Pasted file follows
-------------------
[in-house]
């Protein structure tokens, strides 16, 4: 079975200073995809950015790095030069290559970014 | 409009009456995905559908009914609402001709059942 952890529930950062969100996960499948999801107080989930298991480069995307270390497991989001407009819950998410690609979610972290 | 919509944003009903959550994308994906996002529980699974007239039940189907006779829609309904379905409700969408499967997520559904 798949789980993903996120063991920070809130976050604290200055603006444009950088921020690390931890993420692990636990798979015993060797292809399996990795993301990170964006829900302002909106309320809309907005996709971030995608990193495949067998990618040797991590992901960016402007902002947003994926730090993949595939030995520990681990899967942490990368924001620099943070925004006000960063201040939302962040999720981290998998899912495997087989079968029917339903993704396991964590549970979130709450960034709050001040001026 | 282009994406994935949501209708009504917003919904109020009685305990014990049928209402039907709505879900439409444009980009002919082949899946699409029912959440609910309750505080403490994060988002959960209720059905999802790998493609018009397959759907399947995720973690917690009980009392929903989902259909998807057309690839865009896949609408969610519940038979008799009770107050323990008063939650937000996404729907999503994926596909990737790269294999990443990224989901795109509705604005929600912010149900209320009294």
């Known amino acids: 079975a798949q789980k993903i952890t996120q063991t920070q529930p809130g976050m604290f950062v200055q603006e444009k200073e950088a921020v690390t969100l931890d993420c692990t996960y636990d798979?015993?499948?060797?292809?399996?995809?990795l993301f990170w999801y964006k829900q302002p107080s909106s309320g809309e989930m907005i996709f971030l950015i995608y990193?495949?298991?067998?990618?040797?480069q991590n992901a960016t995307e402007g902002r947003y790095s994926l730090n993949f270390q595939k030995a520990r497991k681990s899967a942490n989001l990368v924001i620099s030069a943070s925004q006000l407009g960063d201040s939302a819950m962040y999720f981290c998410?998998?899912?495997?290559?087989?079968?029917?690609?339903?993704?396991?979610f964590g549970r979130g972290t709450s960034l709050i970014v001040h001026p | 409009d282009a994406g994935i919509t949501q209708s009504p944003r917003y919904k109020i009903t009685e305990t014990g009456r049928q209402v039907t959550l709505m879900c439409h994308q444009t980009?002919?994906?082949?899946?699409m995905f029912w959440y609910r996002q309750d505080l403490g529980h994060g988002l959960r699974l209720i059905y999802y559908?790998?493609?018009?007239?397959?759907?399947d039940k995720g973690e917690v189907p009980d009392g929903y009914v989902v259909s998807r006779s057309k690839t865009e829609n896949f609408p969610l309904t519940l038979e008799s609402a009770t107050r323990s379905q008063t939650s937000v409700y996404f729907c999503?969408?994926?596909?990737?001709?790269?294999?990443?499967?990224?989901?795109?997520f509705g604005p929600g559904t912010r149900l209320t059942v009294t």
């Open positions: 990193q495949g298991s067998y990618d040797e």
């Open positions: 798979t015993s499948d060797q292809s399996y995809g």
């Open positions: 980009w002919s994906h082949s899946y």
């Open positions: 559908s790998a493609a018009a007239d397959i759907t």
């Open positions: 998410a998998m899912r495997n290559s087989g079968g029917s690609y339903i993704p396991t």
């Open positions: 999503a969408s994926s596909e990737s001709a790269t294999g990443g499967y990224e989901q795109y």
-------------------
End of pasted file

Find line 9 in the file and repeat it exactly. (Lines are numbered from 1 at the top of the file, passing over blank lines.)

């Open positions: 999503a969408s994926s596909e990737s001709a790269t294999g990443g499967y990224e989901q795109y």